Transaction Internet Protocol Version 3.0
RFC 2371

Document Type RFC - Proposed Standard (July 1998; No errata)
Authors Keith Evans  , Jim Lyon  , Johannes Klein 
Last updated 2013-03-02
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Network Working Group                                           J. Lyon
Request for Comments: 2371                                    Microsoft
Category: Standards Track                                      K. Evans
                                                               J. Klein
                                                       Tandem Computers
                                                              July 1998

                     Transaction Internet Protocol
                              Version 3.0

Status of this Memo

   This document specifies an Internet standards track protocol for the
   Internet community, and requests discussion and suggestions for
   improvements.  Please refer to the current edition of the "Internet
   Official Protocol Standards" (STD 1) for the standardization state
   and status of this protocol.  Distribution of this memo is unlimited.

Copyright Notice

   Copyright (C) The Internet Society (1998).  All Rights Reserved.


   In many applications where different nodes cooperate on some work,
   there is a need to guarantee that the work happens atomically. That
   is, each node must reach the same conclusion as to whether the work
   is to be completed, even in the face of failures.  This document
   proposes a simple, easily-implemented protocol for achieving this

Table of Contents

 1. Introduction                                                       2
 2. Example Usage                                                      3
 3. Transactions                                                       4
 4. Connections                                                        4
 5. Transaction Identifiers                                            5
 6. Pushing vs. Pulling Transactions                                   5
 7. TIP Transaction Manager Identification & Connection Establishment  6
 8. TIP Uniform Resource Locators                                      8
 9. States of a Connection                                            10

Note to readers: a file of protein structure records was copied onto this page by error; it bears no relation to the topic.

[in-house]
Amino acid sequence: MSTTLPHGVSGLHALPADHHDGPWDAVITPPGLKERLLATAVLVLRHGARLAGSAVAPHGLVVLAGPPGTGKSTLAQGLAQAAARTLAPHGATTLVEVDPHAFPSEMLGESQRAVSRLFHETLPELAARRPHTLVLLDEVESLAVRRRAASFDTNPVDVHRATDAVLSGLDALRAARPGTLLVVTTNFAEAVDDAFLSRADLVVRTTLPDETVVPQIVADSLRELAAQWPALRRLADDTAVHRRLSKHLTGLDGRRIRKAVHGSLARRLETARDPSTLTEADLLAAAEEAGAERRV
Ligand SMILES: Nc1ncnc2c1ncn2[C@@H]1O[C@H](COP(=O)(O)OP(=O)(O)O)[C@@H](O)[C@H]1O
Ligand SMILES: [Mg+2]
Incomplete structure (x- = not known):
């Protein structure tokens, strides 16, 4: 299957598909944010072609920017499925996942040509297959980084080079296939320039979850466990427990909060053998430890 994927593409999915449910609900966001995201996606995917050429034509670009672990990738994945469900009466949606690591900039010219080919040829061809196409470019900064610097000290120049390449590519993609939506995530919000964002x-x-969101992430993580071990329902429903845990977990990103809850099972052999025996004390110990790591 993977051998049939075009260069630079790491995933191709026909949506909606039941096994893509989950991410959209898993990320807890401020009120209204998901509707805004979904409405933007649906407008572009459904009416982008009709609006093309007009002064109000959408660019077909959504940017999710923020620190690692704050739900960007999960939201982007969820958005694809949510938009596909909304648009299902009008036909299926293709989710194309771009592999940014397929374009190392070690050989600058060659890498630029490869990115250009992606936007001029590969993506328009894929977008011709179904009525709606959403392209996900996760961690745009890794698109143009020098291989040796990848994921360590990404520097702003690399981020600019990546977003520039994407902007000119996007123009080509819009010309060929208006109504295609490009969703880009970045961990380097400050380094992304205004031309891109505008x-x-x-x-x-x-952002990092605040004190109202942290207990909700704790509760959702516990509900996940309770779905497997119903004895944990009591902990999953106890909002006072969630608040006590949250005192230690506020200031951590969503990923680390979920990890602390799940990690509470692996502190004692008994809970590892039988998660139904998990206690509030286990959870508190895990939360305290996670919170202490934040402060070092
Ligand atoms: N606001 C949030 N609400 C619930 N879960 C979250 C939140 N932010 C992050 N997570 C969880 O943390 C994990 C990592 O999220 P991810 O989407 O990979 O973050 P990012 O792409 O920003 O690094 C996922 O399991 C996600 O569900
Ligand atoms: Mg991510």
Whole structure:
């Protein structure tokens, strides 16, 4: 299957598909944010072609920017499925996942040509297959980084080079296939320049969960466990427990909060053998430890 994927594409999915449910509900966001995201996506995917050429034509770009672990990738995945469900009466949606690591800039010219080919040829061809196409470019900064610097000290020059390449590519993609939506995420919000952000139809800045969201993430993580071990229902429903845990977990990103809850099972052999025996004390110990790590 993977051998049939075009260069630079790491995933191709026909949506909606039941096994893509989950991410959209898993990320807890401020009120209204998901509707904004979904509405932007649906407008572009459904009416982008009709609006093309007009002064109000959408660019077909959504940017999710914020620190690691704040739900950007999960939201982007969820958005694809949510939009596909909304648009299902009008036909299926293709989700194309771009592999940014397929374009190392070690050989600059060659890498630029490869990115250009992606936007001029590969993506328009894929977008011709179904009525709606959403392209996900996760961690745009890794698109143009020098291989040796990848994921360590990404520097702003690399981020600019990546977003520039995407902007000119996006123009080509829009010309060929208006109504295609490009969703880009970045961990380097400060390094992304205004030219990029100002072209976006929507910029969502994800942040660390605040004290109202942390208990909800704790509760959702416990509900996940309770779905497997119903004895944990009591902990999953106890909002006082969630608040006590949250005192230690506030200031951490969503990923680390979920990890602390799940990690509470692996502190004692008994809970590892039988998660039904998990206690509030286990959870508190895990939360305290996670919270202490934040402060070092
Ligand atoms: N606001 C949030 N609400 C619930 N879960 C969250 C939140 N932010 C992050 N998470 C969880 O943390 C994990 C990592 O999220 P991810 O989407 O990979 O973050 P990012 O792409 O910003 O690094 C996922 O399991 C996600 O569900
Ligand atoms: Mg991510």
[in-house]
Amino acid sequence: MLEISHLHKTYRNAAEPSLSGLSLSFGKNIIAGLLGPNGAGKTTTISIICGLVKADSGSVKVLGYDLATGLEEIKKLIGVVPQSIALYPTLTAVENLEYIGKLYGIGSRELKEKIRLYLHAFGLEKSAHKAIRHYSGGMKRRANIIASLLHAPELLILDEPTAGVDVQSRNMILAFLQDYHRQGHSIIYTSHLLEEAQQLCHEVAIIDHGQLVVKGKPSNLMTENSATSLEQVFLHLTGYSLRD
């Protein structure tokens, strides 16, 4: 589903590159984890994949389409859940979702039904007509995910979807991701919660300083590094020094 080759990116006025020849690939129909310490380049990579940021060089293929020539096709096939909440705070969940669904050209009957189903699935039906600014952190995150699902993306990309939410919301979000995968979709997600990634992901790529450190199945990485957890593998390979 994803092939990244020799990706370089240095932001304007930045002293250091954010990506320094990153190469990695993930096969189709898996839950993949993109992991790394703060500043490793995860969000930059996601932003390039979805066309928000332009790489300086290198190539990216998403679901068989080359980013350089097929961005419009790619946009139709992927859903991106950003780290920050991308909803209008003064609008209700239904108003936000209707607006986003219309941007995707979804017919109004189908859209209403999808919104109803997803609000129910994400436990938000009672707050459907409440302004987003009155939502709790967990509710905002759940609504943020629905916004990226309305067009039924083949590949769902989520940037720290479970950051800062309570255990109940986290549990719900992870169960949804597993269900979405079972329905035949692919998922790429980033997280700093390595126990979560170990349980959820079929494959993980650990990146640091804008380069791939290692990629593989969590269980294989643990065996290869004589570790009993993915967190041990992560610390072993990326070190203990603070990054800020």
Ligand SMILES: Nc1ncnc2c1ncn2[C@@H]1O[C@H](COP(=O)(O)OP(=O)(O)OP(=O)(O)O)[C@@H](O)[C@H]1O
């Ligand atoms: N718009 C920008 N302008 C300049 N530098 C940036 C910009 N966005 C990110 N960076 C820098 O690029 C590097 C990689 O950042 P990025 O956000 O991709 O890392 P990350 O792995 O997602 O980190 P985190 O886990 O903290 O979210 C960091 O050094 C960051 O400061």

10. Protocol Versioning                                              12
 11. Commands and Responses                                           12
 12. Command Pipelining                                               13
 13. TIP Commands                                                     13
 14. Error Handling                                                   20

Lyon, et. al.               Standards Track                     [Page 1]
RFC 2371                    TIP Version 3.0                    July 1998

 15. Connection Failure and Recovery                                  20
 16. Security Considerations                                          22
 17. References                                                       25
 18. Authors' Addresses                                               26
 19. Comments                                                         26
 Appendix A. The TIP Multiplexing Protocol Version 2.0.               27
 Fully Copyright Statement                                            31

1. Introduction

   The standard method for achieving atomic commitment is the two-phase
   commit protocol; see [1] for an introduction to atomic commitment and
   two-phase commit protocols.

   Numerous two-phase commit protocols have been implemented over the
   years.  However, none of them has become widely used in the Internet,
   due mainly to their complexity.  Most of that complexity comes from
   the fact that the two-phase commit protocol is bundled together with
   a specific program-to-program communication protocol, and that
   protocol lives on top of a very large infrastructure.

   This memo proposes a very simple two-phase commit protocol.  It
   achieves its simplicity by specifying only how different nodes agree
   on the outcome of a transaction; it allows (even requires) that the
   subject matter on which the nodes are agreeing be communicated via
   other protocols. By doing so, we avoid all of the issues related to
   application communication semantics and data representation (to name
   just a few). Independent of the application communication protocol a
   transaction manager may use the Transport Layer Security protocol [3]
   to authenticate other transaction managers and encrypt messages.

   It is envisioned that this protocol will be used mainly for a
   transaction manager on one Internet node to communicate with a
   transaction manager on another node. While it is possible to use this
   protocol for application programs and/or resource managers to speak
   to transaction managers, this communication is usually intra-node,
   and most transaction managers already have more-than-adequate
   interfaces for the task.

   While we do not expect this protocol to replace existing ones, we do
   expect that it will be relatively easy for many existing
   heterogeneous transaction managers to implement this protocol for
   communication with each other.

   Further supplemental information regarding the TIP protocol can be
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